Teen in online rant stays in remand

Teen in online rant stays in remand
Amos Yee Pang Sang,16, is accused of attacking Christianity, transmitting an obscene image, and making an online video that insulted Mr Lee Kuan Yew, which offended those who viewed it.

Amos Yee, whose online rants against Christianity have landed him in trouble with the law, will spend the entire weekend in remand after no one turned up to bail out the 16-year-old yesterday.

A spokesman for the Attorney- General's Chambers (AGC) yesterday made it clear that the only reason the teenager remains in remand is that no one has come forward to provide the bail.

During a pre-trial conference last Friday, District Judge Kessler Soh converted the $20,000 police bail that Yee had been on to court bail, requiring bail to be reposted. But his parents decided against posting bail, which meant the teenager had to be put in remand.

Yee was charged on March 31 with attacking Christianity, transmitting an obscene image and making an online video containing remarks about founding prime minister Lee Kuan Yew that offended viewers. He agreed as a condition of his bail not to post anything online until his case is decided.

But last Tuesday, he asked for donations to fund legal fees on his blog and Facebook page. The blog post included links to the offensive videos and posts that led to him being charged in the first place.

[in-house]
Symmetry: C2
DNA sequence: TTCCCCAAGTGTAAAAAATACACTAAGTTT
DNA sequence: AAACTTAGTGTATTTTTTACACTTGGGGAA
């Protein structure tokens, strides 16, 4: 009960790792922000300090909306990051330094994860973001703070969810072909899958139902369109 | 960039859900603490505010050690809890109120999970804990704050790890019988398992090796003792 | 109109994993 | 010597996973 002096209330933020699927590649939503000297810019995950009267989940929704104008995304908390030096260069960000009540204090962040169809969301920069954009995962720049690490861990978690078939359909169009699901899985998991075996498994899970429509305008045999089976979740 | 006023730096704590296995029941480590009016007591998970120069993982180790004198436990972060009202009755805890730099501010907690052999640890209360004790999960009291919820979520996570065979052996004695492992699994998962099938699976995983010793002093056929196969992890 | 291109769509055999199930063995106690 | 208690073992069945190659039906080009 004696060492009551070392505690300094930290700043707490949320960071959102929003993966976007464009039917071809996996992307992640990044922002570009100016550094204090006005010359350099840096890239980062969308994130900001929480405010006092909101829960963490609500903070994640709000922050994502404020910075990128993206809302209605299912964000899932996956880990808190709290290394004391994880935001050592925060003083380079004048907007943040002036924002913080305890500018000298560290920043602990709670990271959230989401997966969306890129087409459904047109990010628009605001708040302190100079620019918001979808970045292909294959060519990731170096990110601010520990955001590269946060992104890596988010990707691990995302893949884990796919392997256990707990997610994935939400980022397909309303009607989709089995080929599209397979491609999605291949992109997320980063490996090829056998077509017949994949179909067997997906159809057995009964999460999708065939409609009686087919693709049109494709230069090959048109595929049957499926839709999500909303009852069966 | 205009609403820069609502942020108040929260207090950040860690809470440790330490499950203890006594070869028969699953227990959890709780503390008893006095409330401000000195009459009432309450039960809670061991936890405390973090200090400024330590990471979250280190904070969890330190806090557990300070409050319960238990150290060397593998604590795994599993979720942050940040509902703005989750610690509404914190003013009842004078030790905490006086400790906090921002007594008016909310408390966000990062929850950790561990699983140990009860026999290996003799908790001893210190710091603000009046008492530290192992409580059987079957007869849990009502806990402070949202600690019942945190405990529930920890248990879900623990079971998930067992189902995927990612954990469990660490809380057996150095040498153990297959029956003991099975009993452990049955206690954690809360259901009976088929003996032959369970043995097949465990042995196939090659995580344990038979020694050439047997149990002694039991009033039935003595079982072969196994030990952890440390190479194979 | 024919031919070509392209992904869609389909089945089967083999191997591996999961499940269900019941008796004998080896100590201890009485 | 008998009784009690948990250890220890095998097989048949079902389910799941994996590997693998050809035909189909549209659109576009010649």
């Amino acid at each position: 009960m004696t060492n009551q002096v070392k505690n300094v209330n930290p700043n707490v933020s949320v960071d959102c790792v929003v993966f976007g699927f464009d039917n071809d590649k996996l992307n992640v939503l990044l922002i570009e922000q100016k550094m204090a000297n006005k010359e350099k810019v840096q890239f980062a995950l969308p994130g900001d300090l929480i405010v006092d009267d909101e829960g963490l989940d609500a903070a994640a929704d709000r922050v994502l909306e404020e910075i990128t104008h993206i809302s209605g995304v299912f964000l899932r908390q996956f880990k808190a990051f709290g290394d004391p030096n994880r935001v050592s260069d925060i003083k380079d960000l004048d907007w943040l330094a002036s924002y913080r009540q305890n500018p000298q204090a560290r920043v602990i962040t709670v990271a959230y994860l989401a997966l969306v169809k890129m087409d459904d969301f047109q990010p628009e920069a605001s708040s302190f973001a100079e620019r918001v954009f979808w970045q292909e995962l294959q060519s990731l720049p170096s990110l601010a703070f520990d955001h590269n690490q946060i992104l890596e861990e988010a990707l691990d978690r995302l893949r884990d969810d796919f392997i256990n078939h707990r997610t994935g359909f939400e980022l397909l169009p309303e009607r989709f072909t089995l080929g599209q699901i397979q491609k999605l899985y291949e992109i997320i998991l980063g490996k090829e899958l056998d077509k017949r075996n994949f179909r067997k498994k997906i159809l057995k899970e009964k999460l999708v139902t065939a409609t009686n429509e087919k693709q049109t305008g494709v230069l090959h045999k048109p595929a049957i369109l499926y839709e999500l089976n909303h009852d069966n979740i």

Blogger Roy Ngerng, who was found to have defamed Prime Minister Lee Hsien Loong in a May 15 blog post last year, yesterday claimed that he was trying to bail out Yee but failed to do so as he had to go to Malaysia. Mr Ngerng also suggested that Yee was remanded as he violated his original bail condition to not post anything online.
 

But an AGC spokesman said: "Amos is remanded not because of breach of bail conditions but because there is no bailor."

It was added that potential bailors did not have to deposit the $20,000 with the court, but simply pledge that they are good for the money. They also need to show they can ensure Yee sticks to the bail conditions and shows up in court when required.


This article was first published on April 19, 2015.
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